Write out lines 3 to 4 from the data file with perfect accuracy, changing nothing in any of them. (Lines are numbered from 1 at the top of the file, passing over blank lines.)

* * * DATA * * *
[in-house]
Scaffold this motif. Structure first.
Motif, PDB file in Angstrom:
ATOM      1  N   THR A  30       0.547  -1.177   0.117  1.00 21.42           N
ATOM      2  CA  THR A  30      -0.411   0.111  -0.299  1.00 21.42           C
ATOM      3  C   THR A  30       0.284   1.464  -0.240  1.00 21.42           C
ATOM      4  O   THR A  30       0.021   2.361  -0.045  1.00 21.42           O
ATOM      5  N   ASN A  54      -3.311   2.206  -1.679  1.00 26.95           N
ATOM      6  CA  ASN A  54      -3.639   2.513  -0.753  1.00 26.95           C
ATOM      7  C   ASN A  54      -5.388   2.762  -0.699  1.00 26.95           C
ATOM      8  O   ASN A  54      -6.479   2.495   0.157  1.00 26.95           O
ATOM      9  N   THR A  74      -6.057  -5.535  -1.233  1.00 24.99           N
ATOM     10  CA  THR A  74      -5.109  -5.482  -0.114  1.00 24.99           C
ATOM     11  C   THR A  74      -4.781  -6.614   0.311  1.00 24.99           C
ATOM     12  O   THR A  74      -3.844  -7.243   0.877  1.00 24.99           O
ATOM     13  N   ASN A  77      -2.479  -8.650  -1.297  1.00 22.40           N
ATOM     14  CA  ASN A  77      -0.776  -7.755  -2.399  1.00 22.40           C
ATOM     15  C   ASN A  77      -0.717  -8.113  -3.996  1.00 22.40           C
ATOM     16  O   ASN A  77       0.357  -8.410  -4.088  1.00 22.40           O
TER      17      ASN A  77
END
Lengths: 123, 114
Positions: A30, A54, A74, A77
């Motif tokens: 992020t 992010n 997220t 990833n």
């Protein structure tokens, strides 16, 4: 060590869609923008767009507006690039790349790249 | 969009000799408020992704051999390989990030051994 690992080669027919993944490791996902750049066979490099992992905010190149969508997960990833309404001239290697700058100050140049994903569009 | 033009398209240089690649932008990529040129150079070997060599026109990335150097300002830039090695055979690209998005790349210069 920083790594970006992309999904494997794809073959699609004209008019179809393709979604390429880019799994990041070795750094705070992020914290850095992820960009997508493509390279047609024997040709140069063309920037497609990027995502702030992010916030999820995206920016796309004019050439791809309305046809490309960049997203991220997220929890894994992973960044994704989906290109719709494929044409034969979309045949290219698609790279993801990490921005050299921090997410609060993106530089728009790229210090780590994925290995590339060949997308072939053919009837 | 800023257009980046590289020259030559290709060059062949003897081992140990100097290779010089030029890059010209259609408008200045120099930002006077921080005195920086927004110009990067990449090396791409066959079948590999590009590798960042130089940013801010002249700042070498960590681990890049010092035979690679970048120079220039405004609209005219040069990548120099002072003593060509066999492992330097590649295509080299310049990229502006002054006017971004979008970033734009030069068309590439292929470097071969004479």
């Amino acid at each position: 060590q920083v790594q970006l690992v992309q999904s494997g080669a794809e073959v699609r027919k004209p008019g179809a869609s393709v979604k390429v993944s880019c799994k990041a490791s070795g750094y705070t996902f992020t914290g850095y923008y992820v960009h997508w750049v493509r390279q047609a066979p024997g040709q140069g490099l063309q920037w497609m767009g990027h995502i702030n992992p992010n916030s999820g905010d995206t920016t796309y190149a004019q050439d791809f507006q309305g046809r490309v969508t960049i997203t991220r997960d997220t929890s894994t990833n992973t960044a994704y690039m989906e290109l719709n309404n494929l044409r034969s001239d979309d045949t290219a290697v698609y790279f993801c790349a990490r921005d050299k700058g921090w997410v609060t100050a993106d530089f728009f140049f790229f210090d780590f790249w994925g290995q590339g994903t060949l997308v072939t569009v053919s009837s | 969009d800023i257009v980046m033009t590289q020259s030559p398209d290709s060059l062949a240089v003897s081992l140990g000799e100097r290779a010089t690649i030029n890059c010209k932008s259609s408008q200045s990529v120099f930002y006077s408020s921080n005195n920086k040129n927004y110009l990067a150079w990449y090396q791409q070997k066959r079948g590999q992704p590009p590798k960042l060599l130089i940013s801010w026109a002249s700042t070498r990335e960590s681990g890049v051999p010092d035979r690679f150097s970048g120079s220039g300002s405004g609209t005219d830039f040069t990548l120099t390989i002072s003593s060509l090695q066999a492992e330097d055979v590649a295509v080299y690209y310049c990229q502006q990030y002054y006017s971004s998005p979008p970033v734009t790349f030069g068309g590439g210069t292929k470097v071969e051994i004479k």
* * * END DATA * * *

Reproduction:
Motif, PDB file in Angstrom:
ATOM      1  N   THR A  30       0.547  -1.177   0.117  1.00 21.42           N